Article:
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The eastbound Cardinal is shown passing under the New River Gorge Bridge near Fayetteville.

You don’t have to board a tourist train to be treated to a view of some spectacular West Virginia scenery by rail. Amtrak bills the route of its Cardinal as one of the most scenic in its system.

The three-day-a-week Cardinal travels between New York City and Chicago via a 1,146-mile route, with a key portion of its route stretching across West Virginia. It’s a successor to the New York Central’s (later Penn Central) James Whitcomb Riley and the Chesapeake & Ohio’s iconic George Washington regional trains.

As it makes its way through West Virginia, the Cardinal follows the route of the C&O’s old main line. From the east, the train enters the state near White Sulphur Springs, proceeds to Hinton, passes through the New River Gorge towns of Prince and Thurmond, and continues to Montgomery, Charleston and Huntington. Separate eastbound and westbound versions of the train travel through West Virginia on Wednesday, Friday, and Sunday.

The Cardinal snakes past some of the state’s most historic small towns, scenic landscapes and unparalleled natural wonders.

When it enters the New River Gorge, referred to by some as the Grand Canyon of the East, its tracks follow the New River approximately 1,300 feet below the canyon rim.

If they look up, riders can get a quick look at something only the river’s white-water rafters ordinarily see — the arching underbelly of the New River Gorge Bridge. As the train travels along, you catch glimpses of history in the old train stations built in the coal boom towns of yesteryear. In the fall, the trackside forests blaze with color and the train usually sells out to leaf-peepers.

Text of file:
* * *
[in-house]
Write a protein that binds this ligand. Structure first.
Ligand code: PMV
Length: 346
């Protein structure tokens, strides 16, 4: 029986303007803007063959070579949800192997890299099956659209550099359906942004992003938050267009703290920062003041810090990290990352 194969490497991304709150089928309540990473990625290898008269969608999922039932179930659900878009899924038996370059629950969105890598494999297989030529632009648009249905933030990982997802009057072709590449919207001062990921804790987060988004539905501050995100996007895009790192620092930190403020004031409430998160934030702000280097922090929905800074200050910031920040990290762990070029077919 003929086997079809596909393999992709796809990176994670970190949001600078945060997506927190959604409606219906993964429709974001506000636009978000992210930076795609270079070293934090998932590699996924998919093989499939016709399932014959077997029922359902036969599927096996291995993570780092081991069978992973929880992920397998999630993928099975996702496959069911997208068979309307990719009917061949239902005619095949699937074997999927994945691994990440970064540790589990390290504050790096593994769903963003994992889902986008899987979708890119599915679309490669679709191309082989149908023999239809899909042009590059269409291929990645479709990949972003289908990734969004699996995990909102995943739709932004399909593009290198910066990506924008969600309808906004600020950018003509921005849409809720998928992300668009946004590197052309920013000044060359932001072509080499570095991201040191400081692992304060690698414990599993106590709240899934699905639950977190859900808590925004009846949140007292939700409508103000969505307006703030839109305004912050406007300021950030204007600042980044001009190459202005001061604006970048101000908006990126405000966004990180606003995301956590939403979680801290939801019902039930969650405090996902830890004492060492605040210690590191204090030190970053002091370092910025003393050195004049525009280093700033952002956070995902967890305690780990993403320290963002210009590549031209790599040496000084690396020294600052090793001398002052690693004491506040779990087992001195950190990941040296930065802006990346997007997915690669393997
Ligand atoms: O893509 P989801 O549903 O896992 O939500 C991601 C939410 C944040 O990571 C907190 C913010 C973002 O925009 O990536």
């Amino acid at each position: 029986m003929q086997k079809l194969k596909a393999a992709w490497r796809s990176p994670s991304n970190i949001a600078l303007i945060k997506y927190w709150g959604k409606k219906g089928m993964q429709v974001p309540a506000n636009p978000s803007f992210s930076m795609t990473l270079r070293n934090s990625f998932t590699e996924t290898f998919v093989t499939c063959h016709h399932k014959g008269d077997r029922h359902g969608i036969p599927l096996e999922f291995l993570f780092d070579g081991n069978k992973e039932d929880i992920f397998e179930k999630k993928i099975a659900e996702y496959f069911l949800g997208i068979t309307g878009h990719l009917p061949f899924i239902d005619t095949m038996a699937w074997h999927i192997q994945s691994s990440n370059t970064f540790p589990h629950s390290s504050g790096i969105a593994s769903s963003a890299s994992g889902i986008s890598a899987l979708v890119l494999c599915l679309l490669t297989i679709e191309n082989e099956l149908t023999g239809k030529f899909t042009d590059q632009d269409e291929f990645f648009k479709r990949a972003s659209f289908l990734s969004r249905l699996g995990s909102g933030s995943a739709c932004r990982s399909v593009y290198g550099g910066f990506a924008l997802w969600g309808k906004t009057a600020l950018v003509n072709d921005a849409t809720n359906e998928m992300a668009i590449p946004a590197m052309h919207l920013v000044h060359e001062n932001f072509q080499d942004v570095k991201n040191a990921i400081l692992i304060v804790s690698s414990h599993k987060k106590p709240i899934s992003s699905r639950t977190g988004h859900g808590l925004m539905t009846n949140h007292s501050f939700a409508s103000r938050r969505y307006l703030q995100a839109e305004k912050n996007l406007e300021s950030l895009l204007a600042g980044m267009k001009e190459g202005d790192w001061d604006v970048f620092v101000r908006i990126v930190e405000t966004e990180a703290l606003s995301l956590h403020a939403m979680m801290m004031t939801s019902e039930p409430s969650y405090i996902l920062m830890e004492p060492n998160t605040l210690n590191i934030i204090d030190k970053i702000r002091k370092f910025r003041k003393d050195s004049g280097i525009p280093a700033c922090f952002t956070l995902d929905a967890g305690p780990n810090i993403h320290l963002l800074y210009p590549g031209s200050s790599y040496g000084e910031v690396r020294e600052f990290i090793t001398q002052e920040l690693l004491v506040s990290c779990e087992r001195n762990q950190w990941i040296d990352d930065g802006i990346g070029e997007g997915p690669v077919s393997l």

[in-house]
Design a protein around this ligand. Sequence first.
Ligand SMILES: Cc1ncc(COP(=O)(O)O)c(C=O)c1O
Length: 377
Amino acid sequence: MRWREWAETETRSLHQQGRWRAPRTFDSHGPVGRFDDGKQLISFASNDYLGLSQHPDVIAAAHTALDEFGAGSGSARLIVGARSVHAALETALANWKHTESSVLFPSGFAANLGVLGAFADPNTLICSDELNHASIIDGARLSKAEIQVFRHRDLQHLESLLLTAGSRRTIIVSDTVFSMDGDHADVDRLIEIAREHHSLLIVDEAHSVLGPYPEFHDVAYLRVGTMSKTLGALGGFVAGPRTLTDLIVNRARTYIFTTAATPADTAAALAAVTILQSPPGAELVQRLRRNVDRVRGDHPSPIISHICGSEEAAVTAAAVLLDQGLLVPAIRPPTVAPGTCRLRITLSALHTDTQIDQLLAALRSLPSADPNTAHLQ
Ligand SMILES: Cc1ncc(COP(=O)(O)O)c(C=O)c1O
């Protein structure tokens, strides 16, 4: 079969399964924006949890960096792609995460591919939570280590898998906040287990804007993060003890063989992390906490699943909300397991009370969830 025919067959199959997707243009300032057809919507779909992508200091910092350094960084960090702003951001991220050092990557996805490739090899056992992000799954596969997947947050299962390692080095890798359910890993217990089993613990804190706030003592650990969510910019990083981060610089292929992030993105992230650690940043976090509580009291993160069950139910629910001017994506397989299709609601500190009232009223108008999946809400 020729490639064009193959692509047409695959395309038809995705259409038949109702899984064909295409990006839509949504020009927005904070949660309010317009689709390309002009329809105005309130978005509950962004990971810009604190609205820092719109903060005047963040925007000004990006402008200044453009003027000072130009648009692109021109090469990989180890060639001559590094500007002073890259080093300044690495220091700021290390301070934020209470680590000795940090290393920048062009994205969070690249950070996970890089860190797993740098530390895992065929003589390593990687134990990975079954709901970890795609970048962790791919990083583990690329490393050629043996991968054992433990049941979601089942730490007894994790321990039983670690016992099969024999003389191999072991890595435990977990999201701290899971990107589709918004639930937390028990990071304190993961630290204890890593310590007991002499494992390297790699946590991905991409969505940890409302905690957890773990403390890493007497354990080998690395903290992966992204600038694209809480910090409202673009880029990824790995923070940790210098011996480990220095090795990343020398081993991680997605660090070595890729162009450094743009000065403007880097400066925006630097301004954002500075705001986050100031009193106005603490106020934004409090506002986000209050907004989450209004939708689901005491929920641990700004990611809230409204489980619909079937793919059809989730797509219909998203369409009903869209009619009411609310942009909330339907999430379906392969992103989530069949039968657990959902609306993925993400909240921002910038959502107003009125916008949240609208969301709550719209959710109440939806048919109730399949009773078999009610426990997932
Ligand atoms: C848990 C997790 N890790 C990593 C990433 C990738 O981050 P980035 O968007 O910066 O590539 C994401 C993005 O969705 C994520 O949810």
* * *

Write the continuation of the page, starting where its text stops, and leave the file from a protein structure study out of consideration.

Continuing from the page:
But the Cardinal has a checkered past — and faces an uncertain future.

In 1974, Amtrak merged the James Whitcomb Riley and the George Washington, forming a single long-distance route running between Chicago and Washington, D.C.

The train was renamed the Cardinal in 1977 as the cardinal was the state bird of all five states through which it ran. Eventually the Cardinal was extended from Washington, D.C., to New York City in an effort to increase its ridership, but the train was discontinued on Sept. 30, 1981. A congressional mandate initiated by Sen. Robert C. Byrd, D-W.Va., resurrected the train on Jan. 8, 1982, but limited it to running three days a week. In 2010, Amtrak released a report indicating it planned to increase the Cardinal’s service from three trains a week to daily service. That never happened.

A local group, the Friends of the Cardinal, has urged that the Cardinal be returned to daily service. But now that’s gone from being improbable to apparently impossible.

In June, Amtrak said that starting Oct. 1 most Amtrak long-distance passenger trains will operate only three days a week. The downsized operations come as Amtrak prepares to cut up to 20 percent of its staff in response to the financial crisis created by the COVID-19 pandemic.

Amtrak estimates that its ridership in the next fiscal year may drop to 16 million, or roughly 50 percent of its pre-pandemic level.